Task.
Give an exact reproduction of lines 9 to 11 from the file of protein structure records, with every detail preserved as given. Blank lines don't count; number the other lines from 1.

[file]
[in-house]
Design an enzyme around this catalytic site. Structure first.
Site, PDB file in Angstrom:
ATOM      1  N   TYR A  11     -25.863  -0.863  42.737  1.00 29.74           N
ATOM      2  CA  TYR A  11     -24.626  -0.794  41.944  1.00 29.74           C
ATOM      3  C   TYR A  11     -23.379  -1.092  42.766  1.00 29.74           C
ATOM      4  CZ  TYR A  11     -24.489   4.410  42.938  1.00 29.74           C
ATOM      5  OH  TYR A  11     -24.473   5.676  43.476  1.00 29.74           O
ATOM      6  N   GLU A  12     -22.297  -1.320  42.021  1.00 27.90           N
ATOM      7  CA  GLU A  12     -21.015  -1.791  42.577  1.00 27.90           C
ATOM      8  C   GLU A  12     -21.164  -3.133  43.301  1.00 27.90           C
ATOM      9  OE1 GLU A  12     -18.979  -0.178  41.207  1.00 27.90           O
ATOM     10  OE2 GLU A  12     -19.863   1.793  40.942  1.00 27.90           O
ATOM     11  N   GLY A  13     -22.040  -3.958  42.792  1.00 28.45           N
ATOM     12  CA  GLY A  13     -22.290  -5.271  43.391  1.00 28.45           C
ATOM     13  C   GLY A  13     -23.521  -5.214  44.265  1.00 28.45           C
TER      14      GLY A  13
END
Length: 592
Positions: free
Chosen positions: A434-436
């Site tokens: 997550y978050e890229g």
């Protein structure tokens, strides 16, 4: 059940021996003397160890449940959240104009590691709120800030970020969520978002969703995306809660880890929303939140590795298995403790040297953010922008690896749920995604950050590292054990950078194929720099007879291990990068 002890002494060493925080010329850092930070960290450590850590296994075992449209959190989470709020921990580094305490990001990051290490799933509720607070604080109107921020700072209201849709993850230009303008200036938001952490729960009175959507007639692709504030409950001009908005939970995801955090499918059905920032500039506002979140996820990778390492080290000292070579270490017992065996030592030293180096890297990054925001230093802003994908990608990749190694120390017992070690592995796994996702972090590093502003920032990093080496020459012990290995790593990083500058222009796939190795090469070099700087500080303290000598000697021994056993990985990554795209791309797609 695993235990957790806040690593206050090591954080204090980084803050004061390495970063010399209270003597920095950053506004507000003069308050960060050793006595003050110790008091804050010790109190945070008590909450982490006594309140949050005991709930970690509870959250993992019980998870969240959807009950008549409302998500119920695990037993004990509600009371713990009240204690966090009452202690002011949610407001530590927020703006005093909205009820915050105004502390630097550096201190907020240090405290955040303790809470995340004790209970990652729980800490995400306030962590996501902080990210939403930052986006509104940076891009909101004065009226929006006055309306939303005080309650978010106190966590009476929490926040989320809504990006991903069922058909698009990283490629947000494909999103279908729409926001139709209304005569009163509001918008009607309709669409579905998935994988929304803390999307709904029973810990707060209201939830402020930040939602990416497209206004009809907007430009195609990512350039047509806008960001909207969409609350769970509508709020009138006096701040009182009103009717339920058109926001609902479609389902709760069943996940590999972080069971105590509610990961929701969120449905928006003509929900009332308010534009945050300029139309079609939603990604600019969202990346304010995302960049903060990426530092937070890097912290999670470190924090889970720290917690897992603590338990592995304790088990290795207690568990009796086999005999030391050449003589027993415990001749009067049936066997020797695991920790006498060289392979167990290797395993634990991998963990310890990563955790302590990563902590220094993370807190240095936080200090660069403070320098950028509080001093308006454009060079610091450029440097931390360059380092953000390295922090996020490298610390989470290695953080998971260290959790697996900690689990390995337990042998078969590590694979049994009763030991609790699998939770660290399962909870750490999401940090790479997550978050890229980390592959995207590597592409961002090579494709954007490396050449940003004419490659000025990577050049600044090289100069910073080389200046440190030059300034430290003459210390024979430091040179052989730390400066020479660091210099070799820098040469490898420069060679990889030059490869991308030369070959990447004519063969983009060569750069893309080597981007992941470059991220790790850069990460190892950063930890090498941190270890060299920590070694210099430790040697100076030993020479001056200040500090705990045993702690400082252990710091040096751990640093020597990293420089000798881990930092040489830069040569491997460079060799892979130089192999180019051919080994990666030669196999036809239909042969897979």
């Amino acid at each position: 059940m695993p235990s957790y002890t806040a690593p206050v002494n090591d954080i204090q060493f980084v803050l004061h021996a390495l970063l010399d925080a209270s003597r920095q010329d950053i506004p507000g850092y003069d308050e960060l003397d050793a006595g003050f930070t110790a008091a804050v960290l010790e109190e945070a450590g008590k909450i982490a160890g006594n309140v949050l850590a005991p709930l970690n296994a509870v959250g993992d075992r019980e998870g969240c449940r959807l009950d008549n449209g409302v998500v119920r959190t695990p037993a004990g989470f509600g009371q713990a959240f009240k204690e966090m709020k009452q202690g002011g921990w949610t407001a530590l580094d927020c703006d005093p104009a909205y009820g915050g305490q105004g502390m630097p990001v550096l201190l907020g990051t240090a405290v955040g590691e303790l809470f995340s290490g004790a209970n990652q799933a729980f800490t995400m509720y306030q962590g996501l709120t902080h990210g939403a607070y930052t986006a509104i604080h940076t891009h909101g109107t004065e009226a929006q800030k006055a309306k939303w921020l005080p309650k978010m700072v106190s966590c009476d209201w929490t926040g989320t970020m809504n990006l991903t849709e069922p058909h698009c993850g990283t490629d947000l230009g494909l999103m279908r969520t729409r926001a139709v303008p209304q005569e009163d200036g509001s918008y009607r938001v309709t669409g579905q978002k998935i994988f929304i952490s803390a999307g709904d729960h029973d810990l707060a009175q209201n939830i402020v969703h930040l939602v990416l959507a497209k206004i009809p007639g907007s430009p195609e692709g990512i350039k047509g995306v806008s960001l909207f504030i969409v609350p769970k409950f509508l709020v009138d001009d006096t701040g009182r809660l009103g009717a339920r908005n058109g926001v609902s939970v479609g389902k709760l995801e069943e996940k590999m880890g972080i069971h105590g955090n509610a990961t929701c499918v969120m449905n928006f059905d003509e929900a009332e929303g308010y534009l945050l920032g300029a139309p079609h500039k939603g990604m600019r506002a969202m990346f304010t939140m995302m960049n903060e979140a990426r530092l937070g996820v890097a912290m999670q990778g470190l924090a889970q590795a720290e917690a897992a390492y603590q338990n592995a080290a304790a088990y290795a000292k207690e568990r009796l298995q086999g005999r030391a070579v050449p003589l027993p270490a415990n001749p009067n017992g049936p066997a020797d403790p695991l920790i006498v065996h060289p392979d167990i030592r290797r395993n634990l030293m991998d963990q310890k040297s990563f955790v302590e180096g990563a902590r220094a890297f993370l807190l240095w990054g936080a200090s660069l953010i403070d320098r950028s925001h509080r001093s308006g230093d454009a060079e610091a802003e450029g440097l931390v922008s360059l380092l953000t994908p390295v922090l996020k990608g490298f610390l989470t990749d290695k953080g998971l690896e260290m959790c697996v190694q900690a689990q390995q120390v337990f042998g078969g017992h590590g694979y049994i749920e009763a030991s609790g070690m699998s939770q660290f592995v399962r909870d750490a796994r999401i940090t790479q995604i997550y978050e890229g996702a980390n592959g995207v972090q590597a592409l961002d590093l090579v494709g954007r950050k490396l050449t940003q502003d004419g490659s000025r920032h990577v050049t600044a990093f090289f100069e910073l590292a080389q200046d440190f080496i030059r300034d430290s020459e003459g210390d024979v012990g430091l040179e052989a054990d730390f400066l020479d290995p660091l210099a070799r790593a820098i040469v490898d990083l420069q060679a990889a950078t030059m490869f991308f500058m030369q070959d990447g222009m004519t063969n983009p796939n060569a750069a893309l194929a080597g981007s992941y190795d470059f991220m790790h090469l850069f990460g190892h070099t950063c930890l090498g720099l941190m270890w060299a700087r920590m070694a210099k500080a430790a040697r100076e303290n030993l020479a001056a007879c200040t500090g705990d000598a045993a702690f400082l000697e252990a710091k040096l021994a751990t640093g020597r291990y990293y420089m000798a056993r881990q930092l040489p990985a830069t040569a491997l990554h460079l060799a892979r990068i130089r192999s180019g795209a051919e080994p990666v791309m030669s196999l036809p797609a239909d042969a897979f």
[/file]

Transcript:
ATOM      6  N   GLU A  12     -22.297  -1.320  42.021  1.00 27.90           N
ATOM      7  CA  GLU A  12     -21.015  -1.791  42.577  1.00 27.90           C
ATOM      8  C   GLU A  12     -21.164  -3.133  43.301  1.00 27.90           C